Testimonial Example #2: SodaStream – Celebrity Proof
Our society is totally starstruck, and that makes celebrities one of the best examples of social proof that companies can leverage. Just ask SodaStream, the world-renowned producer of beverage carbonation products that used Scarlett Johansson as their representative in 2014.
Since people associate the product with the person advertising it, a popular face speaks volumes as to the quality and desirability of the product. Consumers familiarize and associate themselves with the celebrity and, thus, experience a phenomena called the “extended self”.
The extended self is characterized by people viewing their possessions as a reflection of themselves, so consumers are more likely to buy products that make them feel as if they are part of a group and that their position in society is improved by owning it. If Scarlett Johansson has a SodaStream and they own a SodaStream, then they are similar to the celebrity in some way and subconsciously (and in some cases, consciously) feel better about themselves.
Now, it’s true that many companies may not have the budget for A-list celebrity endorsement (if yours does, great!); however, every industry still has its own influencers and thought leaders that have just as much pull as popular celebrities. In this case, you can use influencer marketing to get a type of celebrity social proof. Check out this in-depth blog post on influencer marketing to learn how to do it right.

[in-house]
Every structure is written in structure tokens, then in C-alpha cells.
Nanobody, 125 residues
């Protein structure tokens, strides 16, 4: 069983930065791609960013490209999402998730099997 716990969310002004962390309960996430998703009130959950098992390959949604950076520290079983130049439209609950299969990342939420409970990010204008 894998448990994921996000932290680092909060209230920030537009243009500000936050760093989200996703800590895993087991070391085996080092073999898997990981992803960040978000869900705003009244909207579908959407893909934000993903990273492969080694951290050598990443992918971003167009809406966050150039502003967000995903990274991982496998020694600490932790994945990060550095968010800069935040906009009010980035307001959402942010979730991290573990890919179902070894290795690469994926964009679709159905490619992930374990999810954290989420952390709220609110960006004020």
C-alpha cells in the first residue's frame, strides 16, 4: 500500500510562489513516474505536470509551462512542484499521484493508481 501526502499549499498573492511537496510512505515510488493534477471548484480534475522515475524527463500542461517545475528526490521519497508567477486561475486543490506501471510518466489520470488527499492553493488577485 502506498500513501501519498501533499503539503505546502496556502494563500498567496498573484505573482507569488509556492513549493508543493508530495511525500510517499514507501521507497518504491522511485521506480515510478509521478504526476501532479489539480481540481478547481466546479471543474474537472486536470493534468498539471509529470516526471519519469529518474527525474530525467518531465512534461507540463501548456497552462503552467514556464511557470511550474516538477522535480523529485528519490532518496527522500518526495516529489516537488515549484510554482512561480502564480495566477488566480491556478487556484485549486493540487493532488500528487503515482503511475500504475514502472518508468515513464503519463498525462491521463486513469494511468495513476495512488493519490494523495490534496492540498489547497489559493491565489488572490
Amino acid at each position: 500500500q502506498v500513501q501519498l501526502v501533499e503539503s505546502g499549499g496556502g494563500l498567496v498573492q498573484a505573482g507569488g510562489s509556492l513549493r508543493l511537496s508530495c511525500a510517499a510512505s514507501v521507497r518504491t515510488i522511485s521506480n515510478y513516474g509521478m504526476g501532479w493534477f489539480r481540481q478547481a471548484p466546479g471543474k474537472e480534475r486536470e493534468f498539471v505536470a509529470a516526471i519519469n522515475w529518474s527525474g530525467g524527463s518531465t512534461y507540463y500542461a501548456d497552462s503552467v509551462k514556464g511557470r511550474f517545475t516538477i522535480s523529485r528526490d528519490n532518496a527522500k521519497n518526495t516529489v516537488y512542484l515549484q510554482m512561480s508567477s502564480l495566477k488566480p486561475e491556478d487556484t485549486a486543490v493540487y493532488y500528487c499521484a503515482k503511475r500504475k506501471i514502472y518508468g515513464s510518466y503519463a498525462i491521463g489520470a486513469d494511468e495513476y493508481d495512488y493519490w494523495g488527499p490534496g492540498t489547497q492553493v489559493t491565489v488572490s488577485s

Testimonial Example #3: Lori Alcalá – Customer Testimonials
Customer feedback is one of the most widely used social proofs because of the psychological impact it has on the potential buyer’s purchasing decisions. Customer testimonials lets others know the tried-and-true experience of using a product. People are inclined to relate to others who are similar to themselves, so by reading real customer testimonials, potential customers can imagine what their experience would be like using a product or service, too. Highlighting customer feedback is leveraging the power of others’ experiences to promote your brand and get more customers.
Lori Alcalá is a freelance B2B thought leadership writer and content strategist with the know-how needed to harness this type of social proof on her website.
Alcalá bolsters her reputation with real customer testimonials displayed directly on the site. Using the Spectoos Faceboard widget, Alcalá highlights her happy customers (complete with their pictures and links to their social media profiles), positioning their customer feedback in clear view for everyone to digest.
Integrating an intelligent customer testimonial widget onto your website is the easiest way to request, collect, consolidate and showcase customer testimonials. Some all-in-one testimonial solutions, such as Spectoos, also have a backend dashboard where you can view analytics to see which testimonials perform the best.